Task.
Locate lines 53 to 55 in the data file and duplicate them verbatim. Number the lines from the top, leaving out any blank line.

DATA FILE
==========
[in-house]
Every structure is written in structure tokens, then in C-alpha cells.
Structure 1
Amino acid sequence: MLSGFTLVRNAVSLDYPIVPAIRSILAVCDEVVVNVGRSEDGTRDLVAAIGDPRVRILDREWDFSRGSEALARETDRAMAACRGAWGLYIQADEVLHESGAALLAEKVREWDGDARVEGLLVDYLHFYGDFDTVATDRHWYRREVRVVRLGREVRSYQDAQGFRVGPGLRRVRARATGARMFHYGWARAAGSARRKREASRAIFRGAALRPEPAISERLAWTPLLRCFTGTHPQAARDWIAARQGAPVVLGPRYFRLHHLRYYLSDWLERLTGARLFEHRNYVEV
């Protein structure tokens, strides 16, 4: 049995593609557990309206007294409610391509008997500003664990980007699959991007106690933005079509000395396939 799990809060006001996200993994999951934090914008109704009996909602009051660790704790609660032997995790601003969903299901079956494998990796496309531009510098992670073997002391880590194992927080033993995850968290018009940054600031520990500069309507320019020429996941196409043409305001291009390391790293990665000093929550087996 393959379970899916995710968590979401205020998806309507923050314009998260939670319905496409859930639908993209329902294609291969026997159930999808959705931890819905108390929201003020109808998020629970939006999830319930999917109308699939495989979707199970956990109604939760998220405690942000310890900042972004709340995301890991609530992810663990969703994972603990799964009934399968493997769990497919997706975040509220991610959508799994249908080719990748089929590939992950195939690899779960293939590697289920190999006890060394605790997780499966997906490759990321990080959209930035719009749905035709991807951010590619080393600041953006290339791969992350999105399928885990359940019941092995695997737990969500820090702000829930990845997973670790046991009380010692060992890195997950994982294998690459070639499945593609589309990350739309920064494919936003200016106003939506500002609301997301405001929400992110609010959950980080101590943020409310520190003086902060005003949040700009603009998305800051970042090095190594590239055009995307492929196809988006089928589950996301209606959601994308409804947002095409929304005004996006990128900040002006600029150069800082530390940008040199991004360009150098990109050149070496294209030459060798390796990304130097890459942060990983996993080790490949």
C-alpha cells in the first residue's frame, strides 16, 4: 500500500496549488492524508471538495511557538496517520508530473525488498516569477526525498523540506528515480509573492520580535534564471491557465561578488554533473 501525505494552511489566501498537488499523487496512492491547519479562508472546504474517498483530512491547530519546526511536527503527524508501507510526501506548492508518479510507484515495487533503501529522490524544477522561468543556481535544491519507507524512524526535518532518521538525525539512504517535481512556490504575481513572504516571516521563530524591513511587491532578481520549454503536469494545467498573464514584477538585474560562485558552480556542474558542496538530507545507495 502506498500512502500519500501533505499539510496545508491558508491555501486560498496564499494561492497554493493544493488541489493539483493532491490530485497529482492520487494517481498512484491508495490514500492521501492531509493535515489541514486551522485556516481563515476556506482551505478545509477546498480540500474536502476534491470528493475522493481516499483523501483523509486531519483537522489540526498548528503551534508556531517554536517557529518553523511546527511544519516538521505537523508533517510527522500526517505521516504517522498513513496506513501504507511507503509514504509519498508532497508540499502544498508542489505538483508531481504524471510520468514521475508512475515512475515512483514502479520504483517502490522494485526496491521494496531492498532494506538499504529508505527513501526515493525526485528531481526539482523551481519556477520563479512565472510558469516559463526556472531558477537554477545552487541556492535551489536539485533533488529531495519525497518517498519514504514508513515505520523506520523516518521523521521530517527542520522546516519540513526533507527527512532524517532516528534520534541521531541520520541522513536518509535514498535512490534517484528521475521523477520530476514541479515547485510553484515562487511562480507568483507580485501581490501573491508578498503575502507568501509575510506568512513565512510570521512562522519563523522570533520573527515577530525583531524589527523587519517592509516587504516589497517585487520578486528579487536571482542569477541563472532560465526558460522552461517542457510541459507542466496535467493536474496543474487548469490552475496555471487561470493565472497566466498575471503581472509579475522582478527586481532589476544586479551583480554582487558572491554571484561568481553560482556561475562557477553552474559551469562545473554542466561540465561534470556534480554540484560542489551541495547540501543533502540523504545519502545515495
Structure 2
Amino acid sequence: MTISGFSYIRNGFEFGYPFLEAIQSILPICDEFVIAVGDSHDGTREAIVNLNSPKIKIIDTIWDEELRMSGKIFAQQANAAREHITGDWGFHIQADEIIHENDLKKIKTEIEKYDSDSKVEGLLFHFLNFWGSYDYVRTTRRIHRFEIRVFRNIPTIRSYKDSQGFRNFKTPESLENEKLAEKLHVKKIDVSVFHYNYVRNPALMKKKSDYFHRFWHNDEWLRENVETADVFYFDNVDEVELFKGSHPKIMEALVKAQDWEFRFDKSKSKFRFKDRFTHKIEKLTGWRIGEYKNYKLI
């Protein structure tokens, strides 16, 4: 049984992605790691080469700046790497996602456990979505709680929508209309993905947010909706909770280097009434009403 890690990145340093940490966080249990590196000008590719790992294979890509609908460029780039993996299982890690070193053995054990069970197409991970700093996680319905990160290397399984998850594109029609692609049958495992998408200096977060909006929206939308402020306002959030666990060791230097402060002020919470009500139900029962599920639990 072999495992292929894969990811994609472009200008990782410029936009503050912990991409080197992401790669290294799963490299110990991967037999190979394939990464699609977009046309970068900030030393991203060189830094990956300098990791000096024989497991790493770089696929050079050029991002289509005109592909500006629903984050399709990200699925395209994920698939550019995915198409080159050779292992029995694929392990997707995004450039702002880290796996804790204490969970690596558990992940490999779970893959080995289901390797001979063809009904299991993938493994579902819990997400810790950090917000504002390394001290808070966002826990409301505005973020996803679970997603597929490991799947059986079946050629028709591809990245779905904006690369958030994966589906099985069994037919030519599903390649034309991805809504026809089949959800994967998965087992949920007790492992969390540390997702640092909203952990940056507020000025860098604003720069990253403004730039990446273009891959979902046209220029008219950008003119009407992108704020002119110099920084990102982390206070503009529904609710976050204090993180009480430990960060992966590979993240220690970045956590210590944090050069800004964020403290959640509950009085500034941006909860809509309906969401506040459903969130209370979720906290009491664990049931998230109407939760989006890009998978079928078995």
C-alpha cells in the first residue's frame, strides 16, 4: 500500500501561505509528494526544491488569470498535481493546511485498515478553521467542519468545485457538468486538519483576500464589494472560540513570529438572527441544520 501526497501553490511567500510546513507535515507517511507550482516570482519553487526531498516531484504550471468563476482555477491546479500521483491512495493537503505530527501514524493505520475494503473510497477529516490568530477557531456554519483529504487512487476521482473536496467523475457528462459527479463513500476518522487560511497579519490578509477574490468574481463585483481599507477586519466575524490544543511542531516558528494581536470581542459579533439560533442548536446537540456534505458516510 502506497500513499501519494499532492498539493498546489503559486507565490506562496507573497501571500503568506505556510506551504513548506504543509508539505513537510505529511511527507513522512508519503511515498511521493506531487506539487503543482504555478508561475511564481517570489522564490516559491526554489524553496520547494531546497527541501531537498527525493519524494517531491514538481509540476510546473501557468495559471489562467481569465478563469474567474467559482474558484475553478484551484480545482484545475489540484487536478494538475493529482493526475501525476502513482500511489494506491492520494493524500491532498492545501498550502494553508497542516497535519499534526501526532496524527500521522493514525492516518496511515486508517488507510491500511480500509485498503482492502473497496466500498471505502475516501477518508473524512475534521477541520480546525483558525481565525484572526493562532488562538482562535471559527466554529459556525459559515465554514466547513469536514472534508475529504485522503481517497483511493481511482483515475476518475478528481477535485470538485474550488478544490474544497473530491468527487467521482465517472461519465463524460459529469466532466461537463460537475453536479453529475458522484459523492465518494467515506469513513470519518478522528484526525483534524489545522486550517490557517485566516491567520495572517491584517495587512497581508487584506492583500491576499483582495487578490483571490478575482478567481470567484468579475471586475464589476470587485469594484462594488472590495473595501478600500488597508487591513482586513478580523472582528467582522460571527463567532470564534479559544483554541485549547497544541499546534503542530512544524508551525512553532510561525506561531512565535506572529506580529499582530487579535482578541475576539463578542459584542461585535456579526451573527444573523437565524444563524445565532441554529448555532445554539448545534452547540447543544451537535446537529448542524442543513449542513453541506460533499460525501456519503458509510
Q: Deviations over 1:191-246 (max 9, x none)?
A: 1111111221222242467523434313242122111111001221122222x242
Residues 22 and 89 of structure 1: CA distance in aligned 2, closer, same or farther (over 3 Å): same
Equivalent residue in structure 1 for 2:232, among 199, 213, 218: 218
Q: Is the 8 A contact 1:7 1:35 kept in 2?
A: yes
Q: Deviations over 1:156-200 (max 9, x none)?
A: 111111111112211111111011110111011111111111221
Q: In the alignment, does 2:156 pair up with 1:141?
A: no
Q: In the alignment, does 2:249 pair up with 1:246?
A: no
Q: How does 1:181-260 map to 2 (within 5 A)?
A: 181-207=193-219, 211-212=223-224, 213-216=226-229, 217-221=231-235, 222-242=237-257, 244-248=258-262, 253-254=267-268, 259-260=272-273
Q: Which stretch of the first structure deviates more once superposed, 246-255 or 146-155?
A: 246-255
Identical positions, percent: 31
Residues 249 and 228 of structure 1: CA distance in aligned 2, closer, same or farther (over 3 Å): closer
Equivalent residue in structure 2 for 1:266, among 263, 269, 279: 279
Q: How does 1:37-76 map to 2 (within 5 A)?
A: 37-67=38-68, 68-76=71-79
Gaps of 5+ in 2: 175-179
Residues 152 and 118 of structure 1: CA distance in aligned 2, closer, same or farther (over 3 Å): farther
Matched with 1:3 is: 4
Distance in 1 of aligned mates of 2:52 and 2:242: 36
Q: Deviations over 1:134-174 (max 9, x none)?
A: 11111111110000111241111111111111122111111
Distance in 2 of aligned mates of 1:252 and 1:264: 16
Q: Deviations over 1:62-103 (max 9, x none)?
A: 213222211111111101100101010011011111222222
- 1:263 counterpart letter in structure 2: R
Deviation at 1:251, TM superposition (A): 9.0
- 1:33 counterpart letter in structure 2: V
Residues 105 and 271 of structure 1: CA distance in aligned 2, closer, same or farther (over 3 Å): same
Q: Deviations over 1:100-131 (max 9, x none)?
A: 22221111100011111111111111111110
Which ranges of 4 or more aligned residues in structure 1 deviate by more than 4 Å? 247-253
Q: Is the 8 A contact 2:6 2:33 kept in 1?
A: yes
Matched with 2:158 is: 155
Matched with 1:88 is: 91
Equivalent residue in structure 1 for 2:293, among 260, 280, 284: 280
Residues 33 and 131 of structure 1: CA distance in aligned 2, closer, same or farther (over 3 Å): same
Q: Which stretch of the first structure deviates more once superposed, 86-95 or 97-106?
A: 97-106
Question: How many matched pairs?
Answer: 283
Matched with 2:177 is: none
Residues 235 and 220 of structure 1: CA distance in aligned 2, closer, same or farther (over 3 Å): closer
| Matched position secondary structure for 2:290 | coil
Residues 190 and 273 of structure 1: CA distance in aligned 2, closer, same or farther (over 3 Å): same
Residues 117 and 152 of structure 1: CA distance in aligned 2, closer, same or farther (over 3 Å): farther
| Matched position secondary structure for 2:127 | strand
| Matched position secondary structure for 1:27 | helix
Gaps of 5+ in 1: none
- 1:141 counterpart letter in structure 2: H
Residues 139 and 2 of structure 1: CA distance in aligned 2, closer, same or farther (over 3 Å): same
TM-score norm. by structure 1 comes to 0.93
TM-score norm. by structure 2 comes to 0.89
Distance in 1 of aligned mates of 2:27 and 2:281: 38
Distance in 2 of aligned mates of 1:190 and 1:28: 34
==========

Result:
Residues 33 and 131 of structure 1: CA distance in aligned 2, closer, same or farther (over 3 Å): same
Q: Which stretch of the first structure deviates more once superposed, 86-95 or 97-106?
A: 97-106